How to Keep Cats From Playing With Your Christmas Tree

Caitlin Dempsey


Cat sitting under a Christmas tree.

You set up your Christmas tree, hang up your beautiful ornaments, and then you hear it. There is a rustling sound, glass begins to clink, and as you rush to your tree you see it tilt and crash to the floor. Your cat steps out from the tangled branches and walks away as if nothing happened. (Related: Why Cats Knock Things Over)

Welcome to the holidays!

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Why are Cats Attracted to the Christmas tree?

In order to figure out how to keep our cats out of the Christmas trees, we need to understand why our cats want to be in the trees in the first place.

A gray cat exploring under a decorated Christmas tree.

First and foremost, the Christmas tree is something new to your cat. Even if you had a tree set up in the previous years, each year that tree goes up it becomes something new for your cat to explore. A curious animal, your cat will want to take a close look at it, sniff it, and take an exploratory swat or two at the branches.

When your cat sees that it is safe to explore, the bright lights, some that blink, will catch its eyes. And look! Shiny ornaments are everywhere and look like the toys your cat already plays with.

All of the lights, shiny ornaments, and the tree itself create an irresistible urge to play with your cat and it will not be long before its instinct to scratch, climb, and mark its territory kicks in.

Fortunately, there are a few ways we can keep our Christmas trees and cats safe during the holiday season.

How to Stop your Cat from Climbing the Christmas Tree

If you can find a way to prevent your cat from climbing the Christmas tree, you are all set for a semi peaceful holiday season.

One option is to select a slim pencil tree (like this pencil tree on Amazon – affiliate link) to grace your home.

Thin Christmas trees give cats less room to climb and some cats will simply ignore them, but not all.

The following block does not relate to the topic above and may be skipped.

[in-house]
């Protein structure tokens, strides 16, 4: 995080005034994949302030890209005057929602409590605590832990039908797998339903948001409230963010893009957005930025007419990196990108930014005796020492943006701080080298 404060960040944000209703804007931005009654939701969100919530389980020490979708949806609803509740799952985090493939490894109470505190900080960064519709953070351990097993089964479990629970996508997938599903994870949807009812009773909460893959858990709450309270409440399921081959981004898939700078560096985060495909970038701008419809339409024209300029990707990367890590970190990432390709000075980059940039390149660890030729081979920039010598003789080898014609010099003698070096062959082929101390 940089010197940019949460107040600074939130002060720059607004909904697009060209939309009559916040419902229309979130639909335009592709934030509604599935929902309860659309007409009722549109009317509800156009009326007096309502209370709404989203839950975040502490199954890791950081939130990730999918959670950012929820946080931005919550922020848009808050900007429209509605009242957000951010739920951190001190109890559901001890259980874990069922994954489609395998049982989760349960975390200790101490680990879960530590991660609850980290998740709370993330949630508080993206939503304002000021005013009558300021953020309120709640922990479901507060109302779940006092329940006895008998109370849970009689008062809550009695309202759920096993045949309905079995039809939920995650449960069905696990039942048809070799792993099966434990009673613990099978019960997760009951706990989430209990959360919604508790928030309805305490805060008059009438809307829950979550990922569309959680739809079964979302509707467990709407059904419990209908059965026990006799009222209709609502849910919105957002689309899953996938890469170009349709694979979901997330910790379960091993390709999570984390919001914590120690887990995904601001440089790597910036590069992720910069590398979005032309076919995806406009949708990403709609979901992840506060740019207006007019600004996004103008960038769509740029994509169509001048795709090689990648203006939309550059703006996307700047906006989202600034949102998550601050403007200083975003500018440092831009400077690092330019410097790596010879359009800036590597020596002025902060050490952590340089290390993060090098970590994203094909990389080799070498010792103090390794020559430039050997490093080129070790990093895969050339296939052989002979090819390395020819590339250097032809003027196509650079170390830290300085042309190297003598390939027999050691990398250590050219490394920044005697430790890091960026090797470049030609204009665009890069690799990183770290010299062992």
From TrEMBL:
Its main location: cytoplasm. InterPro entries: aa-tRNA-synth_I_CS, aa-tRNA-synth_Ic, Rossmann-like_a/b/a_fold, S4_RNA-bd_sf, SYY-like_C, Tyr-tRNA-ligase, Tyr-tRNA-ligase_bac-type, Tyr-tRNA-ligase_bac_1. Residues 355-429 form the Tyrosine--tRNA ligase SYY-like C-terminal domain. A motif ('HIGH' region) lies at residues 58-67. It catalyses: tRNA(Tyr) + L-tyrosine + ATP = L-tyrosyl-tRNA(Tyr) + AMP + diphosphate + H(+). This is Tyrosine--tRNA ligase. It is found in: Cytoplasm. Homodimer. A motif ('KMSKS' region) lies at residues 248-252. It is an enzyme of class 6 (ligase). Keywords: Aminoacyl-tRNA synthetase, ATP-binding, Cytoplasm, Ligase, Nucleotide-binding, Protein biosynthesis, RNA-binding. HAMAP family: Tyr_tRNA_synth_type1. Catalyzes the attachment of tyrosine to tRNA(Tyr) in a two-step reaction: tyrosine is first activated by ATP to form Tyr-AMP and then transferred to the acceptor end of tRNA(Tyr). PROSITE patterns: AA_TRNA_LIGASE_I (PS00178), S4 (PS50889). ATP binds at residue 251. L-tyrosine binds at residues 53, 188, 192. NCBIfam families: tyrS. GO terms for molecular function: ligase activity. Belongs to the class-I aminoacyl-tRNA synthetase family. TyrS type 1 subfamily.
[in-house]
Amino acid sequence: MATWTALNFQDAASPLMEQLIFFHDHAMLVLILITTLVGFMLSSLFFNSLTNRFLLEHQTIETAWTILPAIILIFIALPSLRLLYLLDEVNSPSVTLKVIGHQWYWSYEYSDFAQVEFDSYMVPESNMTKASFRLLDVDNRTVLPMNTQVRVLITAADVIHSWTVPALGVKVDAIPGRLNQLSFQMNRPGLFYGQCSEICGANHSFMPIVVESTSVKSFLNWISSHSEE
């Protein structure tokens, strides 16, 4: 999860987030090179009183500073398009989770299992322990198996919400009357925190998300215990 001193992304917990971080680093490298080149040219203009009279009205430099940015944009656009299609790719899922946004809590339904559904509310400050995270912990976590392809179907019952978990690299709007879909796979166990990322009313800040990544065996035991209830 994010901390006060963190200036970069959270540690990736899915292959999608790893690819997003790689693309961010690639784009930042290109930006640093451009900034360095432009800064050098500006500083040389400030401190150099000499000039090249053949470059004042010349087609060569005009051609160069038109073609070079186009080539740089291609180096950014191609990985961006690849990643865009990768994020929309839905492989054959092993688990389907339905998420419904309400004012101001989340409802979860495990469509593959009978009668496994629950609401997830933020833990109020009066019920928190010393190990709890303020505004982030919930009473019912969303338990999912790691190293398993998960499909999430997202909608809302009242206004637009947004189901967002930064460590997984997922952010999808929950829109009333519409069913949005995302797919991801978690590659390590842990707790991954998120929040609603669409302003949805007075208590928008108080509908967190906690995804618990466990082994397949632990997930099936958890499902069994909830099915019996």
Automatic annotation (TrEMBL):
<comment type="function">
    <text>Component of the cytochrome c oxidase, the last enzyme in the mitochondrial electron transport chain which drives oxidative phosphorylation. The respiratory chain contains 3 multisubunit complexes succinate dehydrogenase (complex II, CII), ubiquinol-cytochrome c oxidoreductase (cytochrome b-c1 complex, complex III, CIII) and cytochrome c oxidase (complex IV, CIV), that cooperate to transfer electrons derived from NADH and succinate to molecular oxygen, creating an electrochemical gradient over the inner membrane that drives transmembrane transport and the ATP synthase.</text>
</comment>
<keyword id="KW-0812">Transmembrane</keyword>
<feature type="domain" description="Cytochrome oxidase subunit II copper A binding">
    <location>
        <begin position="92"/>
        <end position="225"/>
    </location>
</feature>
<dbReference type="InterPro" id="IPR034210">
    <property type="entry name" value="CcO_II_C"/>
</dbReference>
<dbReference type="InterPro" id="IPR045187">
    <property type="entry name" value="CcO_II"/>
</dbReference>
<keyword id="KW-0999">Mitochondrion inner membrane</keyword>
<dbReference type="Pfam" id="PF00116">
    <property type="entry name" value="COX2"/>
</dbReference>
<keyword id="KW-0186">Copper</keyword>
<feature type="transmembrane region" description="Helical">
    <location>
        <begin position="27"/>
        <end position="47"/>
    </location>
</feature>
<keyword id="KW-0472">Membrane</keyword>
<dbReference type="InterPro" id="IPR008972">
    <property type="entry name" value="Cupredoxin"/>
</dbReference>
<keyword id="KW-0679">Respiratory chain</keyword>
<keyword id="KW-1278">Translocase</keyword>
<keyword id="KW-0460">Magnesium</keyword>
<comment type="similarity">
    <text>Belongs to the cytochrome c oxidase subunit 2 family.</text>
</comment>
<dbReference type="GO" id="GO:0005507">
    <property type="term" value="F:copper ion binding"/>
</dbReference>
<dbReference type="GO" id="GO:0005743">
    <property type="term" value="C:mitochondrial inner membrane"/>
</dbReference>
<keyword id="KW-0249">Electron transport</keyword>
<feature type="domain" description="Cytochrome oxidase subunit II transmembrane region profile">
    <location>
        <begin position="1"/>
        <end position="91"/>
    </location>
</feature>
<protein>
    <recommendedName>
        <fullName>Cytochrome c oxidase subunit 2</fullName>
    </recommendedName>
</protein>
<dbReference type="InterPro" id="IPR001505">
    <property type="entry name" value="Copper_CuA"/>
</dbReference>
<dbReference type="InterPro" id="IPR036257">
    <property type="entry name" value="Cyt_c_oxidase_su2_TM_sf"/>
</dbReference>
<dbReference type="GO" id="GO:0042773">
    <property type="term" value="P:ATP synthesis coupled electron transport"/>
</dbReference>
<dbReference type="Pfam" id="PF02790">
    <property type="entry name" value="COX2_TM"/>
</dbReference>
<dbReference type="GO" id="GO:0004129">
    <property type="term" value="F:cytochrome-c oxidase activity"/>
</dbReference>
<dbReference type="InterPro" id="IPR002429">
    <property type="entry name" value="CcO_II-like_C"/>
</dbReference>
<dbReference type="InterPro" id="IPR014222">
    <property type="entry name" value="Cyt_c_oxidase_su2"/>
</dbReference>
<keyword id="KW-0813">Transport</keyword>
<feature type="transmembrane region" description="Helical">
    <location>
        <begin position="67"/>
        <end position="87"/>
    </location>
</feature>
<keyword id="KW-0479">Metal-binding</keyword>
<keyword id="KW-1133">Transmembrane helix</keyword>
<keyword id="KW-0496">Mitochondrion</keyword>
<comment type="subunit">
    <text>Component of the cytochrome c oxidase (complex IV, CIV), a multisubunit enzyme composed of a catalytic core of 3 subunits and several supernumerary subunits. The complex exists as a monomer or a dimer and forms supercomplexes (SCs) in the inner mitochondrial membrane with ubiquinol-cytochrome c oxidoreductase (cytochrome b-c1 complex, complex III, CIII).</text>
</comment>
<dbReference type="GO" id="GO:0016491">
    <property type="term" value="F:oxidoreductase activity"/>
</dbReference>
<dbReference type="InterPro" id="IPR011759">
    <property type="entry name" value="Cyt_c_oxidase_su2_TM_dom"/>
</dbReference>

A black cat sitting under a Christmas tree.

If you want a broader tree, here are more strategies for keeping your cat away from your Christmas tree.

After you have selected your tree, set it up in a spot that is away from furniture, ledges, or any other elevated spots that can provide a platform for your cat to jump into the tree from. If your cat can jump from a table or sofa to the Christmas tree, it probably will give it a try. Avoid that flying fiasco from the start and give your Christmas tree its own space away from everything else.

If, your cat still wants to try and climb the tree from the ground, put aluminum foil around the base of your tree. Sure, it might look a little tacky, but cats generally hate the crunching sound the foil makes when they step on it. You can also try spiky mats that deter cats (Buy: Amazon).

For extra tree protection, place lemon and orange peels around the base of your tree. Most cats hate the citrus smell and will avoid the area altogether.

If nothing else seems to keep your cat away from the tree, it might be time to take a drastic step and put an exercise pen around the Christmas tree. This will help prevent your cat from getting into trouble and is a great option if you also have a dog or toddler in your home because it will keep them at a safe distance from the tree and ornaments.

If all this fails and your cat decides that it absolutely must climb your Christmas tree, make sure your tree is secured in a stable base. Wide bases are best at preventing trees from tipping over and crashing onto the floor.